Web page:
Goofs:
Crew or equipment visible: As Wilson confronts Roberts and King (at about the 90-minute mark), a camera shadow passes over a guard's back.See more »
Quotes:
Jock McGrath:You're a clever bag of tricks, you are, Roberts. Not inside glasshouse half an hour and you use your bloody influence to get us a ride on the hill. Oh I bet, there's one Saturday night booze up your father's always regretted.See more »
Movie Connections:

FAQ

This FAQ is empty. Add the first question.
28 out of 34 people found the following review useful.
'We're all doing time, even the screws', 23 March 2000
Author: Paul Duvall (p_duvall@hotmail.com) from St.Helens, England

This was one of the most poinant lines of the film, neatly summarising the general mood and feeling of the characters.

A lot of people think that this is an anti-war film, which to some degree it is. More accurately, however, it could be labelled an anti-army film. Interestingly enough both views could be maintained without there being any real warfare displayed on the screen. This is a measure of how powerful the film is.

The fighting which we see is actually between the various prison officers and convicts. The film does not simply divide them into opposing groups, but rather explores the differences and tensions between the people who are in power and those who are subject to it.

Like 'Full Metal Jacket', many years later, this movie is a condemnation of the dehumanising process soldiers are forced to go through in order to survive the army. Military prison, as we learn, is a further step down into the merciless and brutal world of the army.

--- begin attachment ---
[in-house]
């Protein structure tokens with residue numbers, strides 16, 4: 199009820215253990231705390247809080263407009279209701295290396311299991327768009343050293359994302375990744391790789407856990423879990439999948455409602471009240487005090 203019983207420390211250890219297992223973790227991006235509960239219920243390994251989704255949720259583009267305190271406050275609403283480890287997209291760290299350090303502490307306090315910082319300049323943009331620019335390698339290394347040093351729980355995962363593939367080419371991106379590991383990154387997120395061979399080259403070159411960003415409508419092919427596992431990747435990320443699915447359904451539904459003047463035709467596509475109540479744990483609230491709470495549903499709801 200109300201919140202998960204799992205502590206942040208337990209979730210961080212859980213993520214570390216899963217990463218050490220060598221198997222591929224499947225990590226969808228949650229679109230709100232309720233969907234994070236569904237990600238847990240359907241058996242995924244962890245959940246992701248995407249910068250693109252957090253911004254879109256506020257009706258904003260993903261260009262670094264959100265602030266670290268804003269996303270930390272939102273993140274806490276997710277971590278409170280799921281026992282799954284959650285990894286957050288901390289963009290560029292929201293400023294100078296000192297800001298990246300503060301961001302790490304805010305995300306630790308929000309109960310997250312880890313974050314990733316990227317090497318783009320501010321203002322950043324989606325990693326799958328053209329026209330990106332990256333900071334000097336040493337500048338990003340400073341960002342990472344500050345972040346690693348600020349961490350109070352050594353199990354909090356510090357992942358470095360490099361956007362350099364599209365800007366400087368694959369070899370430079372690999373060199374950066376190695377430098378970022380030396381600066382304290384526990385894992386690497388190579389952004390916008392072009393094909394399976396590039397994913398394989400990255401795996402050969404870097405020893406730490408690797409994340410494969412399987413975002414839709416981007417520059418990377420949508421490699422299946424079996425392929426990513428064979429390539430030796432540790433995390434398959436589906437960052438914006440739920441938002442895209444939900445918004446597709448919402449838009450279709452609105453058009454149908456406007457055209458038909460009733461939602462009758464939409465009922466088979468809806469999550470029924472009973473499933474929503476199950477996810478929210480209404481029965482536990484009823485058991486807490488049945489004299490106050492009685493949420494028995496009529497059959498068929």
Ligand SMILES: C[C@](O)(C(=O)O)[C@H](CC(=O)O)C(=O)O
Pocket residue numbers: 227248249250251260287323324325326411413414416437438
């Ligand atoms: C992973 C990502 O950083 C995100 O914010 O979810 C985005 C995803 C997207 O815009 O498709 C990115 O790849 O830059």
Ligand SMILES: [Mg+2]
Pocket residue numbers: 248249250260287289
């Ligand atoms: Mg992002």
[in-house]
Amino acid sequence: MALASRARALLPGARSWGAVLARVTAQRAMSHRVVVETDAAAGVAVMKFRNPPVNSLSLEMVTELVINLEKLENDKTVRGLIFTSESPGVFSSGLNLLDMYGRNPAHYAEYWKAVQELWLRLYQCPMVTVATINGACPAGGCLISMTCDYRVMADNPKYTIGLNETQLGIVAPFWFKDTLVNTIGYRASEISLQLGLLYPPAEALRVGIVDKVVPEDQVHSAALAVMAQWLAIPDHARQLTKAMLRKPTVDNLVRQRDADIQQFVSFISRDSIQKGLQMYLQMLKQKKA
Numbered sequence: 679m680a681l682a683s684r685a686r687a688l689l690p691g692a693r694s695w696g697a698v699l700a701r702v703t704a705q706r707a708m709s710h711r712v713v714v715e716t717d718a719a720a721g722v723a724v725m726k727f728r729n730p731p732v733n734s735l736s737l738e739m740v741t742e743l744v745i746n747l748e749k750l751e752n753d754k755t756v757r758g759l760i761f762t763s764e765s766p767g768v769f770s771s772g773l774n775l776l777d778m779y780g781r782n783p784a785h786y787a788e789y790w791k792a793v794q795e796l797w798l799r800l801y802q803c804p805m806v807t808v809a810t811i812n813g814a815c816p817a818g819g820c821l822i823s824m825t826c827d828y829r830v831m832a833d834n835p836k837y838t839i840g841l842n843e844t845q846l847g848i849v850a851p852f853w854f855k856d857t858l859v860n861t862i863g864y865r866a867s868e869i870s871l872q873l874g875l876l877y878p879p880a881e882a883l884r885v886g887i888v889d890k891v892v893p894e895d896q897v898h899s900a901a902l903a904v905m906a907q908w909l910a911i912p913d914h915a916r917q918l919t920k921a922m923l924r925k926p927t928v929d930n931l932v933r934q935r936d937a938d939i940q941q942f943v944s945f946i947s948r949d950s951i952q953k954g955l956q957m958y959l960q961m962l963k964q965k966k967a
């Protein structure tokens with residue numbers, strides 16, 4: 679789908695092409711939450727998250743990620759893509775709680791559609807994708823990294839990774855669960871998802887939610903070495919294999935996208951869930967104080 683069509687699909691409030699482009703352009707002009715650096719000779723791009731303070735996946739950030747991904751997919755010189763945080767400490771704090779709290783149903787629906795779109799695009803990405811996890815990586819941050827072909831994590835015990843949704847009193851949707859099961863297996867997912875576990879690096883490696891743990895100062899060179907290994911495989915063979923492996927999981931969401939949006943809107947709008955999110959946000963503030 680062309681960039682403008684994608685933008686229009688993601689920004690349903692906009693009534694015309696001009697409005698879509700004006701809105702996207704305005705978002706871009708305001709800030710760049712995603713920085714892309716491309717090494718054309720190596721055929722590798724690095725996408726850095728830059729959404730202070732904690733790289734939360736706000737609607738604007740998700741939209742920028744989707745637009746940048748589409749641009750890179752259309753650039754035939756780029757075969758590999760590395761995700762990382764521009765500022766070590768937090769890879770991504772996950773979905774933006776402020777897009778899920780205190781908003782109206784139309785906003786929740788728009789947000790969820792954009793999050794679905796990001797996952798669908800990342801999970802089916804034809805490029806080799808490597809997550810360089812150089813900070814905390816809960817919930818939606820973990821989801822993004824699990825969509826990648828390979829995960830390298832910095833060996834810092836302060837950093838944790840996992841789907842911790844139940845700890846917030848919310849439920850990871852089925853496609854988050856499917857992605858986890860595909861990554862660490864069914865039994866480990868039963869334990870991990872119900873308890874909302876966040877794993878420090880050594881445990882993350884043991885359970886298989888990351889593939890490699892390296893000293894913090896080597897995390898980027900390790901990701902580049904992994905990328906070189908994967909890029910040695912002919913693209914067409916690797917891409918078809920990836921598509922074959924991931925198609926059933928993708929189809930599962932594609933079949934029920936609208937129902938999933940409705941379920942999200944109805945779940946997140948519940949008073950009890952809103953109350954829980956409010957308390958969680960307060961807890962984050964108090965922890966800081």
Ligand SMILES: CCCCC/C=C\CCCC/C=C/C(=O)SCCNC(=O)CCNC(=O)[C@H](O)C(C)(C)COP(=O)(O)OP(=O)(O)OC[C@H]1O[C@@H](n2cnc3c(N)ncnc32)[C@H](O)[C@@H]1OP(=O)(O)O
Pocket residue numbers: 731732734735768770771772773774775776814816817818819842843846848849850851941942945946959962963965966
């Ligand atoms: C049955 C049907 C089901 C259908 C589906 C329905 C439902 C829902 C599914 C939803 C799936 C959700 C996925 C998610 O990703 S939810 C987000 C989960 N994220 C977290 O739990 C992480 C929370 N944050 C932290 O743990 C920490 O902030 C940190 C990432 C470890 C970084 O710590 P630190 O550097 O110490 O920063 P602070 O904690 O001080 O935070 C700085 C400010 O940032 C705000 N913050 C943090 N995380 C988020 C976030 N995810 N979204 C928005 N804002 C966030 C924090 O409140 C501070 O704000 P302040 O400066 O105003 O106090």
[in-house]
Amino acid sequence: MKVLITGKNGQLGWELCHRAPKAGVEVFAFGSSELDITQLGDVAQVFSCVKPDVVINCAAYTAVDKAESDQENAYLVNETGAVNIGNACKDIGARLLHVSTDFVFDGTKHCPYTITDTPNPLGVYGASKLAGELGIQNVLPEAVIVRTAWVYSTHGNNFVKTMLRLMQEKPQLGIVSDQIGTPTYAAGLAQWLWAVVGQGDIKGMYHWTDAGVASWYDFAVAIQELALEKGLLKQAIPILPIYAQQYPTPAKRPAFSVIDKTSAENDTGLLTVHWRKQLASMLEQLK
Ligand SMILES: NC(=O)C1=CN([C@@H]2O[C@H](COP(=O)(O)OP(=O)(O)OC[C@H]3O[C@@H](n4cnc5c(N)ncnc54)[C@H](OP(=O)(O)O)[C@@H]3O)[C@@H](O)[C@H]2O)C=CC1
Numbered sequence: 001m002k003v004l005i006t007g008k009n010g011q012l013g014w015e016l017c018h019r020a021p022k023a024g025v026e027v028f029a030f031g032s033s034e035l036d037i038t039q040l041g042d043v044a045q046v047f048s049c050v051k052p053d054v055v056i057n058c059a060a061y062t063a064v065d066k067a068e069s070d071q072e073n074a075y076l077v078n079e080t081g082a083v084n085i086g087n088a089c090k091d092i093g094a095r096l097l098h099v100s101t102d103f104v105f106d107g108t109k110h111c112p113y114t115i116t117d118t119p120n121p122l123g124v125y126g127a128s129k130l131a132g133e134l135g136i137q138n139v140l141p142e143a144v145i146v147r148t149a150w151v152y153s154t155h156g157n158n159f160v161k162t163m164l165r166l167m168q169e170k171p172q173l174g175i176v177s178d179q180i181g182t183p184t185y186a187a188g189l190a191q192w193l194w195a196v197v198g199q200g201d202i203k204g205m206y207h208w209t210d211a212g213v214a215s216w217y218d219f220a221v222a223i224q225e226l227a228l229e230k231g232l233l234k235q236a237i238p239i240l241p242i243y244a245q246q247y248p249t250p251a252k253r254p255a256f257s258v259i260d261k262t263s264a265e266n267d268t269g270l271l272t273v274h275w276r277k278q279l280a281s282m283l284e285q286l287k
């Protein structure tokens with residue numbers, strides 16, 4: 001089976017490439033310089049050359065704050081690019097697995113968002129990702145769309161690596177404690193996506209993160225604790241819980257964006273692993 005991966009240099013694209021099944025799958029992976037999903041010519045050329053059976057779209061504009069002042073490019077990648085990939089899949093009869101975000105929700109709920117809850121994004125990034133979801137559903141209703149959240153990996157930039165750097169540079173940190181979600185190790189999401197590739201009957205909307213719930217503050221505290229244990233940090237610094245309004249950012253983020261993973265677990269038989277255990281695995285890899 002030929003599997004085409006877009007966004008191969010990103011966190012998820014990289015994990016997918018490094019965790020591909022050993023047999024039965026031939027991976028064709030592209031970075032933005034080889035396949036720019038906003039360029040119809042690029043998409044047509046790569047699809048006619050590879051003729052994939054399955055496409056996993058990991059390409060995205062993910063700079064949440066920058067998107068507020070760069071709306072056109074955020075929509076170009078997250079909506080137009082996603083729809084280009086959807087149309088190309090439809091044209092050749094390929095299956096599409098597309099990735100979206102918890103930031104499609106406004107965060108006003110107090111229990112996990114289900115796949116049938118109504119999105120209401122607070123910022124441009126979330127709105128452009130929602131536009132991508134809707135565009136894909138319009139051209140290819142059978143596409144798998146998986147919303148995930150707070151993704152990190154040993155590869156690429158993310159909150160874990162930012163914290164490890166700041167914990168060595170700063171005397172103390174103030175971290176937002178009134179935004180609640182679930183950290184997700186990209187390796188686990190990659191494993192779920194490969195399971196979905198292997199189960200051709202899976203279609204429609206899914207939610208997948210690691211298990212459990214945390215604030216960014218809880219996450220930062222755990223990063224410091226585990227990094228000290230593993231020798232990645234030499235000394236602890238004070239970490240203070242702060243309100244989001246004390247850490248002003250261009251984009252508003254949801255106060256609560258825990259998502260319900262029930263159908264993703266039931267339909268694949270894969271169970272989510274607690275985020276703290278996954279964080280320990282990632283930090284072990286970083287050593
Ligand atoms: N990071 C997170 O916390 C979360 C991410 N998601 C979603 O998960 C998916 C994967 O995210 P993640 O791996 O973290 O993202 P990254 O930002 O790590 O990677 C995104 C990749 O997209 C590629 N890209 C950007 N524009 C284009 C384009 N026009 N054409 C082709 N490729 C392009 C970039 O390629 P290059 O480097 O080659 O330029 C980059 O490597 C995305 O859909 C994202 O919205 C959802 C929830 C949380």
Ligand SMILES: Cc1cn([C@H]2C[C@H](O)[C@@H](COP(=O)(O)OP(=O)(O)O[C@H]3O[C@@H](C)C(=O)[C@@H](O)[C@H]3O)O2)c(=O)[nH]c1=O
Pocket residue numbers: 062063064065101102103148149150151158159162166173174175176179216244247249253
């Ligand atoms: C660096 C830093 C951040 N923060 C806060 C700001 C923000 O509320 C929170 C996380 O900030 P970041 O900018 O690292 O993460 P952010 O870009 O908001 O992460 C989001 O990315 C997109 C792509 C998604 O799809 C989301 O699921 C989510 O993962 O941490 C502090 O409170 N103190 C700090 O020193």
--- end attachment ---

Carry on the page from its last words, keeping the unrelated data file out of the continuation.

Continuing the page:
If 'The Hill' was made today, the violence we see would undoubtedly be more explicit and obvious. However, this does not take away anything from the original , as it is the mental torture more than the physical suffering which is portrayed so well in Lumet's work.

It has aged fairly well, mainly due to the accomplished and original way the film is shot and the script is written. Camera angles to induce feelings of dominance, claustrophobia and pressure are utilised perfectly as are the varying degrees of light and dark contrast which accentuates the blazing sun. Every actor is well cast and gives well judged performances, most career bests. Those that stand out are Bannen, Hendry, Connery and Andrews.

At the core of the film is the struggle between Andrews and Bannen's respective characters for ultimate authority in the prison. The bittersweet ending shows that Andrews' charcter, although shaken, will still reign in the hellhouse of a military prison.

Superb, thought provoking film, that rewards the viewer for staying with it as the powerful ending is reached.

Was the above review useful to you?
See more (79 total) »

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British Square Stomping jackehammond
Connery's Finest Hour axis12002
Should there be a remake? Sonatine97
Film connections katharine_tornow
What happened to the colorized version? QuestaVerde
DVD release in 2007 chris-2271